The erector spinae plane block (ESPB) effectively relieves postoperative pain and decreases opioid consumption following lumbar spinal surgery, according to systematic review and meta-analysis findings published in Journal of Pain Research.
Many patients experience acute severe pain lasting at least 3 days post lumbar spinal surgery that can be detrimental to postoperative rehabilitation if left unmanaged. ESPB is a relatively new alternative to opioid use for such patients. Due to issues associated with post-surgical opioid use, researchers in China sought to determine the efficacy and safety of treating pain following lumbar spinal surgery with ESPB.
After searching the PubMed, Web of Science, Cochrane Library, and EMBASE databases databases through March 2022 for relevant studies, the researchers found 19 randomized controlled trials for analysis. The pooled study population comprised 1381 patients; 691 received ESPB and 690 were in control groups receiving either no block (n=9), saline (n=5), sham block with lidocaine (n=1), or 0.74 mg/kg ketorolac and 10 mg/kg paracetamol (n=1).
ESPB used in lumbar spinal surgery was effective in relieving postoperative pain,
decreasing the perioperative consumption of opioids, as well as decreasing the incidence of postoperative opioid-related adverse reactions.
ESPB vs control treatment was associated with decreased use of intraoperative sufentanil (mean difference [MD], -10.88; 95% CI, -17.14 to -4.63; I2=96%; P =.0006) and intraoperative remifentanil (MD, -286.59; 95% CI, -386.94 to -186.25; I2=95%; P <.00001) and with decreased opioid consumption within 24 hours (MD, -9.81; 95% CI, -12.64 to -6.97; I2=97%; P <.00001) and 48 hours (MD, -16.58; 95% CI, -28.99 to -4.16; I2=97%; P =.009) of surgery.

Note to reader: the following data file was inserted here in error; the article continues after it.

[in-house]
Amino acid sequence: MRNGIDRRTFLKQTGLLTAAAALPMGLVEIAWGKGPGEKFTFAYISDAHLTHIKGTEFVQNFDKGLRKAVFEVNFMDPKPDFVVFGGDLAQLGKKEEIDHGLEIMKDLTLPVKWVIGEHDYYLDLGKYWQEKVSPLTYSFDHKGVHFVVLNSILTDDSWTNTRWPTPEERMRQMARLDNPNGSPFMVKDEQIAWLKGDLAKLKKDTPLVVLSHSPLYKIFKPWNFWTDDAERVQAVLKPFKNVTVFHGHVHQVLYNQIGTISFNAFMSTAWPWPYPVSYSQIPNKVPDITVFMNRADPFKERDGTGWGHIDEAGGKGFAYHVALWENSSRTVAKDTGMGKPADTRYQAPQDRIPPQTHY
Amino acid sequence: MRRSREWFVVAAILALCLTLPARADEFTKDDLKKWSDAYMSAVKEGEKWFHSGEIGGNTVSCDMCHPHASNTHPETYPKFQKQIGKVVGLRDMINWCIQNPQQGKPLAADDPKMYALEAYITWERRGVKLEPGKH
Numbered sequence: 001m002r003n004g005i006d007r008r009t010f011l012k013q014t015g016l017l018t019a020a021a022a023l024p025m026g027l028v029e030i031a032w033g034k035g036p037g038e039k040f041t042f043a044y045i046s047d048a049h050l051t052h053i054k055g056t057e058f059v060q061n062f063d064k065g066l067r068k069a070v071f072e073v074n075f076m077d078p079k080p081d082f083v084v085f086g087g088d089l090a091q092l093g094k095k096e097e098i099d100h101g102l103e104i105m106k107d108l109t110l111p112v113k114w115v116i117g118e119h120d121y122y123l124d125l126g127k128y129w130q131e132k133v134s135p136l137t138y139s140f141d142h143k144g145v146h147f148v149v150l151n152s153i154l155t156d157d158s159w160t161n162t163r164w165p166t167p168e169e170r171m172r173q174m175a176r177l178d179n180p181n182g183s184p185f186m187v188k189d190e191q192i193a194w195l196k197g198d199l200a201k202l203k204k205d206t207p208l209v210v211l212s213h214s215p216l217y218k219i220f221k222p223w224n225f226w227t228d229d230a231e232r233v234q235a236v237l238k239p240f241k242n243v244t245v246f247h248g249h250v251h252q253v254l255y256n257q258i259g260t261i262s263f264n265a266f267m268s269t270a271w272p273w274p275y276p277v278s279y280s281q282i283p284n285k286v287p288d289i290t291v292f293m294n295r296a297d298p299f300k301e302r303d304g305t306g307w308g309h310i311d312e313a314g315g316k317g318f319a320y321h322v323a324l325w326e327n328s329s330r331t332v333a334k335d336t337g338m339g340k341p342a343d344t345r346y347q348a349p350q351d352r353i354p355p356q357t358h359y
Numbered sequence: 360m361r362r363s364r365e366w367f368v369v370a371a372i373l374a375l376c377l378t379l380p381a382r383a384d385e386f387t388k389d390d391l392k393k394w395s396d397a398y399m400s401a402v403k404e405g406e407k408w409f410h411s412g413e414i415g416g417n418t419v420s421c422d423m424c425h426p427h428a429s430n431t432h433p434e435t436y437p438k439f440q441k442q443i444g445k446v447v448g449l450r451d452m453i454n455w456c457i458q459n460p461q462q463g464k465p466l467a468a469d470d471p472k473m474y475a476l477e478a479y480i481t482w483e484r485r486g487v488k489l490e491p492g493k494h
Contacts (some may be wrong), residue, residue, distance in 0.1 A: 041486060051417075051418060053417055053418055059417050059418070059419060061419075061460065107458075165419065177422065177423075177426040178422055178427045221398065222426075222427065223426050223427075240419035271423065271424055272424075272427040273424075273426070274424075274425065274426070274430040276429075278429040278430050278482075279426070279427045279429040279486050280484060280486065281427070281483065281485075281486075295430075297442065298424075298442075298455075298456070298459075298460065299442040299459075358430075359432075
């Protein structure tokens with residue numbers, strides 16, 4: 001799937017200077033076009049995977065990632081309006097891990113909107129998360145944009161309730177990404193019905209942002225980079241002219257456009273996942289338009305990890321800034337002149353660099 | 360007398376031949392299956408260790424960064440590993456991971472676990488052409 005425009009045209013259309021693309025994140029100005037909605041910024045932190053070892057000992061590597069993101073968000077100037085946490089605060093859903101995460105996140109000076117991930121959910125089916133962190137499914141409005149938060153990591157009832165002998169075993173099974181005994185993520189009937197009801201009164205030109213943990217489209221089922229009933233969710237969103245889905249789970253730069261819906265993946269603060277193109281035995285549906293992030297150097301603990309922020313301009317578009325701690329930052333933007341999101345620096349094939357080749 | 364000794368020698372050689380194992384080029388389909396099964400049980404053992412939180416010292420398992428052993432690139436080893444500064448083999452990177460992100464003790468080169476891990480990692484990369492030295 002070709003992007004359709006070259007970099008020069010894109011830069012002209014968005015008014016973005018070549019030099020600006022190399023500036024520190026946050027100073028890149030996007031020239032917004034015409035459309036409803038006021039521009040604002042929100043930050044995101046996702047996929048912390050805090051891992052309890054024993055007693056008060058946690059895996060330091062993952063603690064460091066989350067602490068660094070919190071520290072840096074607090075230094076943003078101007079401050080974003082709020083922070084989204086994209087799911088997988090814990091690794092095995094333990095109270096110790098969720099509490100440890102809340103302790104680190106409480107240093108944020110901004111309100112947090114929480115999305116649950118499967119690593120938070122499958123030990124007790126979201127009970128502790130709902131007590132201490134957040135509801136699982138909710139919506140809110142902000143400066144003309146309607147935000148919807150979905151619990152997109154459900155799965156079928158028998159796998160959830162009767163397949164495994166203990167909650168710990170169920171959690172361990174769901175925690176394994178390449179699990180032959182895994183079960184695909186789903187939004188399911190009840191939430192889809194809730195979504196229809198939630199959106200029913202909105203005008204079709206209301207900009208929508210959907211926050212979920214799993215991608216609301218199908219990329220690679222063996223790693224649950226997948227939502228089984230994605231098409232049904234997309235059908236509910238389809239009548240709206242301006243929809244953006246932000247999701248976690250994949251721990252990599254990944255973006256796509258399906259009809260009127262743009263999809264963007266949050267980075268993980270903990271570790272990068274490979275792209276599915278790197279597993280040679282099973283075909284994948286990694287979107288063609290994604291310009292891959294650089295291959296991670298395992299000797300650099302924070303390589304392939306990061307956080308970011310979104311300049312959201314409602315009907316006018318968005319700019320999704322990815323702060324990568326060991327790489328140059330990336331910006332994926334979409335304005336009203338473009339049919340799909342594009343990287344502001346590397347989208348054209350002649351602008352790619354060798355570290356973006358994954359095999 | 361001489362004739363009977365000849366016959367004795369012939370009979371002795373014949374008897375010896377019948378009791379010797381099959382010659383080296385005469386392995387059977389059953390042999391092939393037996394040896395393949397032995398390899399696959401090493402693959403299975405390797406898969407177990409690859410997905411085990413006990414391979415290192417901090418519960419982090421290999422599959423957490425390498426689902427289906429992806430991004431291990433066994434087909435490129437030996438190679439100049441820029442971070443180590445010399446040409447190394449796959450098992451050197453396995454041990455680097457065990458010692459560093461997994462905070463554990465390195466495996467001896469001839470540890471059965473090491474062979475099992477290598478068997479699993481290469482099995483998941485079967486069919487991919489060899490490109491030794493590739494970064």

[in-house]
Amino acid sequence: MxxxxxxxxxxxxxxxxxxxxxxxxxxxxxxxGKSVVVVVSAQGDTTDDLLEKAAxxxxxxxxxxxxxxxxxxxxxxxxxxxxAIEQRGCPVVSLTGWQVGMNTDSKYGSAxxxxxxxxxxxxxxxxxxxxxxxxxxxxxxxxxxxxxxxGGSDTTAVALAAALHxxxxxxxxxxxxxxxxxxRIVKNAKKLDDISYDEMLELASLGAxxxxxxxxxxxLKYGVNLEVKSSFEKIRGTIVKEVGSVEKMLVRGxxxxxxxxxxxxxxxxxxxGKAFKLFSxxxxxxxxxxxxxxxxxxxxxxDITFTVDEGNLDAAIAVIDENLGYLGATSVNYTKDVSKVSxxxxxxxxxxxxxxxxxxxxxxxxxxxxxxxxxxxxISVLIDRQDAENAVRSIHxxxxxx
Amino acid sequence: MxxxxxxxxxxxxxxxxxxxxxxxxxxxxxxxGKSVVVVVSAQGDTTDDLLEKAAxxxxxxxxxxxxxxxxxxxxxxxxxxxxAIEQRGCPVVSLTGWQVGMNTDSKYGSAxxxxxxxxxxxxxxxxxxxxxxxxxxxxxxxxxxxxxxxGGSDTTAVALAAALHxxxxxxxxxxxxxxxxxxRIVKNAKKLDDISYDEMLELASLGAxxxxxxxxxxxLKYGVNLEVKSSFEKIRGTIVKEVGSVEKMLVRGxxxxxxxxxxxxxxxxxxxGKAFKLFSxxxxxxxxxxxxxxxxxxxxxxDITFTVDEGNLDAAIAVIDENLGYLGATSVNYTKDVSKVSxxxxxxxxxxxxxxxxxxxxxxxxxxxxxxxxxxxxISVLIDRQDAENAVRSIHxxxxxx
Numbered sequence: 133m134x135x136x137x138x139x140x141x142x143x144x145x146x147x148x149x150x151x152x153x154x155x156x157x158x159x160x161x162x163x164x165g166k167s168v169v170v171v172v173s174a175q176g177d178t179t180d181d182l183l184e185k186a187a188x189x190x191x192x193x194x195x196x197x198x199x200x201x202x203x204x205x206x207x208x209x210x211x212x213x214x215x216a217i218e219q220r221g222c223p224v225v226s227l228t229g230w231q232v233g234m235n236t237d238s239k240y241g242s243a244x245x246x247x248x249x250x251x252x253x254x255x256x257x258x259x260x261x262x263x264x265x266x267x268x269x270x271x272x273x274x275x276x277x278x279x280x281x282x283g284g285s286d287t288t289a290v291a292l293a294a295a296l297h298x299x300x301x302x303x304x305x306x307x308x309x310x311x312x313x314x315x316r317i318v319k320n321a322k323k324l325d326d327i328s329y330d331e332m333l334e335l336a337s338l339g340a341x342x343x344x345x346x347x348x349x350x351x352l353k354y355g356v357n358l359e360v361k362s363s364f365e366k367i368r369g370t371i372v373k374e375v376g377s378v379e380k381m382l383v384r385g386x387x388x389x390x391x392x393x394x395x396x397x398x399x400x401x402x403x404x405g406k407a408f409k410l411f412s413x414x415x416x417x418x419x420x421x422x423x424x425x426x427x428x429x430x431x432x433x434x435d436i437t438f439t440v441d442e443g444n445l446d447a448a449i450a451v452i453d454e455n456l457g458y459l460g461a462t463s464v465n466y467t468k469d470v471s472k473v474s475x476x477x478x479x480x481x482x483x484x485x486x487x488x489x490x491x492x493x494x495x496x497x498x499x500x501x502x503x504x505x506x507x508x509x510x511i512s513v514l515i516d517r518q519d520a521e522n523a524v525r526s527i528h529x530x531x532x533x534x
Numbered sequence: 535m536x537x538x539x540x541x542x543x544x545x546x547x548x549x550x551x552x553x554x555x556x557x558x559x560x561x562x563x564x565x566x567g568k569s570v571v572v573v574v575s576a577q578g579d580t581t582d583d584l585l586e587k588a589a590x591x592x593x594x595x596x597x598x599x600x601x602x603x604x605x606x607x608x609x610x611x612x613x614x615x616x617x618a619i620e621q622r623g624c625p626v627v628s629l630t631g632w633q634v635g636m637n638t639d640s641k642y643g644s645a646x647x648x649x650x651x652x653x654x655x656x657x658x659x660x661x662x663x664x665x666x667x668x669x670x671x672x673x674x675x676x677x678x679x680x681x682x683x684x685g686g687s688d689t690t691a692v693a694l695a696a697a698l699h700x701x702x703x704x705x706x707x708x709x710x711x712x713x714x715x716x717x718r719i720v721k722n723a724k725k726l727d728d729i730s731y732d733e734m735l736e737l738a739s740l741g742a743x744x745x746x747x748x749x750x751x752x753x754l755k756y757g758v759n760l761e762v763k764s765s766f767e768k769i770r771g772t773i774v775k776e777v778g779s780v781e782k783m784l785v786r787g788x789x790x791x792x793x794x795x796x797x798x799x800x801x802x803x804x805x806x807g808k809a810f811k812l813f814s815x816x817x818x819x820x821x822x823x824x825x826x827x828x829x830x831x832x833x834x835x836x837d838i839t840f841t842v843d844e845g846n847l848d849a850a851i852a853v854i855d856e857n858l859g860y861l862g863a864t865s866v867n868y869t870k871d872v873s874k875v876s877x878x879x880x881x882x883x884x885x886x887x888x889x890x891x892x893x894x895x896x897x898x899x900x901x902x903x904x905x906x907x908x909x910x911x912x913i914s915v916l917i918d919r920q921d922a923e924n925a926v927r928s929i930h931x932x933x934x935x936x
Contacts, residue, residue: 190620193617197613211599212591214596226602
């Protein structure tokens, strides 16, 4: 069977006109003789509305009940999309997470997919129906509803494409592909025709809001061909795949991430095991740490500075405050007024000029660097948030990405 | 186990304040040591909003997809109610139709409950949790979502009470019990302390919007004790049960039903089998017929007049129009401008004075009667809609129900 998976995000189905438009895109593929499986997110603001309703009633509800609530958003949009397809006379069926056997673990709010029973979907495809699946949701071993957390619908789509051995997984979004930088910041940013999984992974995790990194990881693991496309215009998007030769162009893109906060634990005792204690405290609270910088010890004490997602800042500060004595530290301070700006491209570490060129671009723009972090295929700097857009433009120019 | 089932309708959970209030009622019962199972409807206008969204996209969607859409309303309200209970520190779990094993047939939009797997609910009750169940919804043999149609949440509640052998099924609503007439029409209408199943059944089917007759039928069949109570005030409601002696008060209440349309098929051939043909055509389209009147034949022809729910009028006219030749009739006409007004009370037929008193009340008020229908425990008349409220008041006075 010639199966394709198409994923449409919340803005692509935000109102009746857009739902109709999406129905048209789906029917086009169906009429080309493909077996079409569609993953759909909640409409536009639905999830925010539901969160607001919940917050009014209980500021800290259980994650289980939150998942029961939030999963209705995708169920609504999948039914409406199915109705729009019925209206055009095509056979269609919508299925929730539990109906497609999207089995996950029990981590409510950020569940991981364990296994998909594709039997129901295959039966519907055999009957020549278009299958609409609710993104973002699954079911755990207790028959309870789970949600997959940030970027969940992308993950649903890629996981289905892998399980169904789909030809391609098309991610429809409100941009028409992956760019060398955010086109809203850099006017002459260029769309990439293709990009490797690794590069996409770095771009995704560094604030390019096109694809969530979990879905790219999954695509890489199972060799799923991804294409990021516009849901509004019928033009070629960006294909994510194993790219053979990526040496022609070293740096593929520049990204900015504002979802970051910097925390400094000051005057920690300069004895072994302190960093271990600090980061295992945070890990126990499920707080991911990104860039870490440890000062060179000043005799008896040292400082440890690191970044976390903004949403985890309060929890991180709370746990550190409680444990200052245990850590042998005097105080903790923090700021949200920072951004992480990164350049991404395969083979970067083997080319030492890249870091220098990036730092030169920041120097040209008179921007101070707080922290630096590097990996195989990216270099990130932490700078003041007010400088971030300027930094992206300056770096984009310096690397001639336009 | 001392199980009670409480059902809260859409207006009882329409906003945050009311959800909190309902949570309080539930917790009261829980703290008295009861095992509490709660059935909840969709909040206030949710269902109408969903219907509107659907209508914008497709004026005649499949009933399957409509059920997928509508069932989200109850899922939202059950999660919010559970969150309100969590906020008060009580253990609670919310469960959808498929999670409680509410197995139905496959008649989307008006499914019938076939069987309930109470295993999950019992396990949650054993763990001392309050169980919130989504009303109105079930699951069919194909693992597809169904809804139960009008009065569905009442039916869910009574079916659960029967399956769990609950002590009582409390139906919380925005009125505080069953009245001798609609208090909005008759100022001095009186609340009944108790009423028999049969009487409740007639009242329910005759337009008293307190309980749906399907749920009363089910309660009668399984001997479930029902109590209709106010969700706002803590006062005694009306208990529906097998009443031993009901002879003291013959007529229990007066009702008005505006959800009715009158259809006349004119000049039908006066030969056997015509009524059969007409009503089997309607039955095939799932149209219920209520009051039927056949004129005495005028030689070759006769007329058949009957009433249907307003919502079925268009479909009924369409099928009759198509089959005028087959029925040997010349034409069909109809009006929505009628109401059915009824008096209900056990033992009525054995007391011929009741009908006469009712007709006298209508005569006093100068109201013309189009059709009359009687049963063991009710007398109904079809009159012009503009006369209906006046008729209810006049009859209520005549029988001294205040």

The ESPB intervention was also favored over control for the outcomes of need for rescue analgesia (risk ratio [RR], 0.33; 95% CI, 0.25-0.43; I2=95%; P <.00001), time to rescue analgesia (MD, 373.04; 95% CI, 175.76-570.32; I2=100%; P =.0002), and the number of times patient-controlled intravenous analgesia (PCIA) was used (MD, -13.98; 95% CI, -23.49 to -4.48; I2=98%; P =.004).
Additionally, postoperative pain scores were reported to be significantly lower by ESPB recipients vs control group members at rest between 0 and 8 hours after surgery (MD range, -2.84 to -1.14) and during movement between 8 and 12 hours after surgery (MD range, -1.71 to -1.07).
Compared with control, ESPB was associated with decreased risk for somnolence (RR, 0.28; P =.01), nausea (RR, 0.40; P <.00001), vomiting (RR, 0.43; P =.001), and itching (RR, 0.46; P =.003).
No ESPB-related complications were reported.
The major limitation of this analysis was the high amount of heterogeneity observed in most comparisons.
“ESPB used in lumbar spinal surgery was effective in relieving postoperative pain,
decreasing the perioperative consumption of opioids, as well as decreasing the incidence of postoperative opioid-related adverse reactions,” the study authors concluded.